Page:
Supreme Court justices rarely talk about Martians.

But on Wednesday, extraterrestrials were at the heart of a case brought by a schizophrenic teenager who says he killed an Arizona police officer because he thought the lawman was a space alien.

Until now, the high court has avoided challenges to insanity defense laws, even as states around the country toughened their laws following John Hinckley's acquittal by reason of insanity in the 1981 shooting of President Reagan.

It was a surprise when justices agreed to review Eric Michael Clark's case, and they seemed uninterested Wednesday in broadly addressing the constitutional rights of psychotic criminal defendants whose lawyers want them sentenced to psychiatric facilities instead of prisons.

Court members, however, did repeatedly refer to the unusual facts of Clark's case, signaling that they are likely to rule very narrowly. He was a popular football star until he became convinced that aliens had taken over his town, Flagstaff, Ariz., as a "platinum city" and that his own parents were aliens.

Justices David H. Souter and Stephen Breyer both mentioned Martians.

Justices John Paul Stevens questioned whether someone who thought he was on a mission to kill space aliens could receive the death penalty for killing a person instead.

When Arizona lawyer Randall Howe said that the slain officer was wearing a uniform and driving a police cruiser, Justice Ruth Bader Ginsburg said that Clark's lawyer "wants to introduce [evidence] on the other side, 'I had delusions, I thought I killed an alien."'

The Supreme Court has never said mentally ill accused criminals have the right to an insanity defense, and four states do not allow for that: Idaho, Kansas, Montana and Utah.

The remaining states have a variety of standards for proving insanity, and Clark's lawyer argued that Arizona's is almost impossible to meet, violating the constitutional rights of mentally ill defendants.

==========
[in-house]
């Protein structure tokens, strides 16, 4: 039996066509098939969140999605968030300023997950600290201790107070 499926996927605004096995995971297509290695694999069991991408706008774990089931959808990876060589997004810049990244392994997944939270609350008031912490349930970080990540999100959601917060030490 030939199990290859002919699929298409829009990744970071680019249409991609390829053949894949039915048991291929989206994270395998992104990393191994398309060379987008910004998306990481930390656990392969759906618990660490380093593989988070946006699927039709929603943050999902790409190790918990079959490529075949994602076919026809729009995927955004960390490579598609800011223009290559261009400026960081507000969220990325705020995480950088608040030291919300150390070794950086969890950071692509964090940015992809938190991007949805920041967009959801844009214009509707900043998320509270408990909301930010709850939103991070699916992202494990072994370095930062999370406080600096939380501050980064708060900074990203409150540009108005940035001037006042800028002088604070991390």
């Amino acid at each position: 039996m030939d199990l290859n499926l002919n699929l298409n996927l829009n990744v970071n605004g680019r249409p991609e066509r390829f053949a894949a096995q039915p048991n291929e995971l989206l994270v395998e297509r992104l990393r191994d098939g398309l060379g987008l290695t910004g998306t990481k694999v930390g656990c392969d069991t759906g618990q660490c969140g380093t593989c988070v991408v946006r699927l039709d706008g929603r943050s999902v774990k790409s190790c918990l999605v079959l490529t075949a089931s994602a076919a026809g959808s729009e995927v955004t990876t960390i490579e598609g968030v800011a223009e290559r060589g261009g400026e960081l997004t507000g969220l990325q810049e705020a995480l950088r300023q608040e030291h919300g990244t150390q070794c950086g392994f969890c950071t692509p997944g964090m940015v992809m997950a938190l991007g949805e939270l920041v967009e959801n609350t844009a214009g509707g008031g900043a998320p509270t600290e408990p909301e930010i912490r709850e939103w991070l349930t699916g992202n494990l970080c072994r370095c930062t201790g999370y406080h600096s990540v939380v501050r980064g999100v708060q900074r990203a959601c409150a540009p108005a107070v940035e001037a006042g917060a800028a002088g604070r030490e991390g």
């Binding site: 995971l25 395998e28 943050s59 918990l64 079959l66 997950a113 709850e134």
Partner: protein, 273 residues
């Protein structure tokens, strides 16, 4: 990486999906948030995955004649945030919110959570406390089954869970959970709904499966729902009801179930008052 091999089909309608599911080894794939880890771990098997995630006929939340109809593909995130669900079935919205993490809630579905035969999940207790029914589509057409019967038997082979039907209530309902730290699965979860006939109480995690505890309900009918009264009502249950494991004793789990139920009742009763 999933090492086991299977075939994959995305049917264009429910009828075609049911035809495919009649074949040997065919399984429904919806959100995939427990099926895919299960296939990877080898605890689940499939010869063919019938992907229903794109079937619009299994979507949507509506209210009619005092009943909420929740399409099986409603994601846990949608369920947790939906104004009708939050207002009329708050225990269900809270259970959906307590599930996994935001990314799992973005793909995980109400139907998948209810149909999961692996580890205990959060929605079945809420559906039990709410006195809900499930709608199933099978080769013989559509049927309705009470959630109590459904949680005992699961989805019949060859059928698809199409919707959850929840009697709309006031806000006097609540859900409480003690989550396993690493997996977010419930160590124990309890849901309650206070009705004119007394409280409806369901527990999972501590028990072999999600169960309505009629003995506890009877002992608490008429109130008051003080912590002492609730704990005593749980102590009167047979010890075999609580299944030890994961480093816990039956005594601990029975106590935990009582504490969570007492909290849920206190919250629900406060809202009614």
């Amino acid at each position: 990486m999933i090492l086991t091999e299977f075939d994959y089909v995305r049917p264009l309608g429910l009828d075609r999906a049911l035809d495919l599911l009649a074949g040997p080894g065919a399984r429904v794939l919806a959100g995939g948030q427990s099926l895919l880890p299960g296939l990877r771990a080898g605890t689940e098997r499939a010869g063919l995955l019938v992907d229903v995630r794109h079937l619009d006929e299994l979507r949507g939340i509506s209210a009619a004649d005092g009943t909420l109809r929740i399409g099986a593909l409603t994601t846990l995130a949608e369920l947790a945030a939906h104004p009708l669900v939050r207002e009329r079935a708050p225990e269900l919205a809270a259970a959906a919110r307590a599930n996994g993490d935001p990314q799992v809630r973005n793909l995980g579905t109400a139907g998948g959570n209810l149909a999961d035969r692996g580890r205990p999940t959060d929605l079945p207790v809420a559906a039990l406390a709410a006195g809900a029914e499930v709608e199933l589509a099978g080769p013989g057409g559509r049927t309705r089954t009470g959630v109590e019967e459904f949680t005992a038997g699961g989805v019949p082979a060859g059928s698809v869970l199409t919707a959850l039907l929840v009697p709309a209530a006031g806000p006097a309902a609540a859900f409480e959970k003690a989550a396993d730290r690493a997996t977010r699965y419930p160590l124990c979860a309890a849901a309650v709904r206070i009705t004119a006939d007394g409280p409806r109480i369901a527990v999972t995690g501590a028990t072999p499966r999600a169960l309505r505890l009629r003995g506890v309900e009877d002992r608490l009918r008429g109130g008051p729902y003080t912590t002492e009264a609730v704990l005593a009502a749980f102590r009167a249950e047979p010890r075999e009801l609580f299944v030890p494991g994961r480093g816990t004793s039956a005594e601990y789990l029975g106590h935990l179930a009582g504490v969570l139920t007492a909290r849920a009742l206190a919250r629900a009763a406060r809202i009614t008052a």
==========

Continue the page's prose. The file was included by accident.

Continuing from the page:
Texas has a similar law and the court's ruling in Clark's appeal could affect Andrea Yates, the Houston mother who drowned her five children in the bathtub and goes on trial in June.

"The state has the right to define insanity as it sees fit," Howe told the justices.

Under Arizona's law, a defendant "may be found guilty except insane" if lawyers prove the defendant was so mentally ill that he did not know what he did was wrong. Many other states also consider a second factor, if a defendant understood the nature of his acts.

Clark shot Flagstaff police officer Jeff Moritz on June 21, 2000, after the officer pulled over the 17-year-old as he drove around his neighborhood in a truck playing loud rap music. Moritz, 30, was the only police officer ever killed in the line of duty in the mountain community north of Phoenix.

Clark's lawyer, David Goldberg, told justices that his client "was drowning out the voices in his head" with the loud music.

Clark had a trial before a judge in which he was found guilty of first-degree murder and sentenced to life in prison. Part of his appeal turns on whether the judge should have considered Clark's mental illness in weighing whether he intentionally killed the officer.

Justices agreed to hear the case late last year, in the final weeks before the retirement of Arizona native Justice Sandra Day O'Connor. O'Connor was in the courtroom and watched part of the argument.

Most of the questions justices asked Wednesday were technical, and the court might rule in a way that will affect only Clark's case.

Arizona Attorney General Terry Goddard said afterward that he was relieved by the tone of the questions.

"Our concern was they were going to put all the insanity issues on the table," he said.

Deborah Denno, a Fordham Law School professor, said insanity cases are difficult for courts because they involve imprecise matters of science.

"They don't want to get their hands dirty with this psychological evidence," Denno said. `They're going to have to confront this at some time."

Clark's parents were at the court.

"This is beyond our son. The outcome of this case could be far-reaching," said his mother, Terry Clark.

The case is Clark v. Arizona, 05-5966.